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Good day to everyone!
Hurricane Edouard has just attained Major Hurricane status. Maximum sustained winds are now at 115 mph. This makes Edouard a Category 3 hurricane on the Saffir-Simpson Hurricane Wind Scale.
As of the 11:00 a.m. EDT advisory from the NHC, the following information was available:
11:00 AM AST Tue Sep 16
Location: 31.1°N 57.8°W
Moving: NNW at 13 mph
Min pressure: 955 mb / 28.20 in.
Max sustained: 115 mph
Edouard is now moving toward the NNW, and this motion should continue through the afternoon, before a NNE turn begins to occur. Based on current water vapor satellite loop imagery, and current layer mean steering, this is pretty much written in stone, and I concur with the NHC forecast track.
Edouard is currently to the west side of an upper level anticyclone. However the orientation of this feature is providing very good upper divergence. If you look at the upper level wind map, you can pretty much pick out the outflow channel/jet to his north.
Edouard should maintain CAT 3 status through tonight, prior to moving into cooler SST’s, and the premise of increasing wind shear.
Based on these current parameters, this will be my final update on Edouard.
Elsewhere, the tropical wave that is SE of Edouard has pretty much fizzled over the past few hours. The wave appears to have been affected by the outflow from Edouard, in that it is located in an area where sinking air will be prevalent due to the outflow from the hurricane. At the moment, I am not looking for any development from this, and given the strength of the weakness seen in the subtropical ridge, noted in lower level steering, this wave should begin to follow into the weakness.
Albeit shower and thunderstorm activity has diminished, I am monitoring the area in the EATL I had mentioned yesterday evening. My interest in this is given to the fact it is monsoonal in nature, with the area near 30W now appearing to be more defined, and associated with a 1012 mb low, as depicted in the NHC surface analysis map. Being within the monsoon trof/ITCZ, it is in an area of “lift” in the atmosphere. However, waves embedded in this, are very, very slow to show any signs of development, as they “compete” with surrounding convective activity for the energy.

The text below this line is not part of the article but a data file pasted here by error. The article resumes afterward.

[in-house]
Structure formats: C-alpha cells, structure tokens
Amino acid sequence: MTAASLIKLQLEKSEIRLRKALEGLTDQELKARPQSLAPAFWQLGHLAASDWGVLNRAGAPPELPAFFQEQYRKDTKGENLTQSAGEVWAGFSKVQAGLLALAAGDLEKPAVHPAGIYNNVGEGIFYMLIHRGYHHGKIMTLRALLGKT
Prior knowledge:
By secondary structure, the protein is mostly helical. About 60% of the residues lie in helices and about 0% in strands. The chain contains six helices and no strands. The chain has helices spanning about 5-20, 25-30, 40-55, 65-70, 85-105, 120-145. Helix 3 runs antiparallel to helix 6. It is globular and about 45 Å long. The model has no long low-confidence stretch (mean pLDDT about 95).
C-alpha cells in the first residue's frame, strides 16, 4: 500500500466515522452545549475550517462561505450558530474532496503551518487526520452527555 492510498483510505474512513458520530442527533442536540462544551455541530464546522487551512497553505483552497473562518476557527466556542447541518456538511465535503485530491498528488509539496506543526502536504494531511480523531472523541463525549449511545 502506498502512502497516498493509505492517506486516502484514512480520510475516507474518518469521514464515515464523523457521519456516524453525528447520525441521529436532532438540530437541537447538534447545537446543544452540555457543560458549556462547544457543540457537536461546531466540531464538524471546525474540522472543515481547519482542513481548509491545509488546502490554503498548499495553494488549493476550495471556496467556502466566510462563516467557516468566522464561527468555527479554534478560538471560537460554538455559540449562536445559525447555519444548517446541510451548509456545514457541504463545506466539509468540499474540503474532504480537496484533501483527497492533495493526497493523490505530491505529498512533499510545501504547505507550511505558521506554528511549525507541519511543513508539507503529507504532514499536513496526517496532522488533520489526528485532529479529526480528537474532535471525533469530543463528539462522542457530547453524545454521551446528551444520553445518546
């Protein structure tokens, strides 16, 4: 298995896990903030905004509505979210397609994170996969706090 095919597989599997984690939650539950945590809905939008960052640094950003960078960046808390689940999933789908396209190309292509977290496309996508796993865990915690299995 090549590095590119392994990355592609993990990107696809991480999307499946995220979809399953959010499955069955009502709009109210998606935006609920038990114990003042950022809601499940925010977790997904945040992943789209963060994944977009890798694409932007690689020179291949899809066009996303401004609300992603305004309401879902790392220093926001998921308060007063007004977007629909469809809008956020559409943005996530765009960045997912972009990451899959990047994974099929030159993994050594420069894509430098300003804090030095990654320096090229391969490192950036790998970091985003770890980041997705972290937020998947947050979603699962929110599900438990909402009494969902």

Upper level winds are currently conducive for slow development, and analysis of the current wind shear and zonal shear forecast indicates conditions may remain favorable over the next 72 hours.
Current and forecast steering maps indicate this may continue to move on a generally westward motion over the next 72 hours, and it COULD miss the current weakness in the subtropical ridge. I will continue to monitor this area for any significant changes during the next 72 hours.
Analysis of Global Models this morning indicates there MAY be something that tries to get going in the GOMEX within the next 8 – 12 days. The CMC is a bit faster and north with the solution, and the GFS is much slower, and south. This has been a mixed bag over the past few runs, however this MAY NOT be totally ruled out just yet. The wind shear and zonal shear forecast does indicate a fluctuation in position of some pretty favorable upper level winds during days 8-10 in the forecast period from 06Z this morning. Favorable conditions begin in the W. GOMEX by day 8, and meander over the BOC, and Yucatan Peninsula area, down the the Gulf of Honduras. Albeit this may not be purely tropical, but more of a situational type development from a possible trof split, where a piece of energy moves SW into the GOMEX area. Sometimes, these do NOT ALWAYS develop, or even occur…however, with the premise of improving conditions by that time, most of the modeling does indicate rising pressure heights to the north, over the U.S. This will naturally cause pressures at 500 mb to lower, and create a convergent surface pattern over the ares mentioned. I will continue to monitor future model runs for any changes, and consistency.
VARIOUS MODELS 500 MB HEIGHT ANOMALY FORECAST
A tropical wave located over the African continent mentioned in the NHC Tropical Weather Outlook can be seen in the EUMETSAT imagery, heading toward the coast. Based on forecast wind shear analysis, as this enters the ocean, upper level winds are forecast to be favorable for slow development of this area, and the wave should experience favorable upper level winds for at least 48-72 hours thereafter. Based on this, I believe we should see some slow organization of this wave, prior to upper level winds possibly becoming less favorable.
Forecast motion is problematic at the moment, as forecast steering models are split, with one re-curving this about 24 hours after it hits the water, and the other keeping a westward motion for around 72 hours. I will be monitoring this closely once this enters the far EATL.
Have a blessed day!
T. F. “STORM” WALSH III
GMCS, USCG (ret)
METEOROLOGIST / HURRICANE SPECIALIST / SEVERE WEATHER SPECIALIST
MEMBER WEST CENTRAL FLORIDA AMS
OFFICIAL SKYWARN SPOTTER (ADVANCED)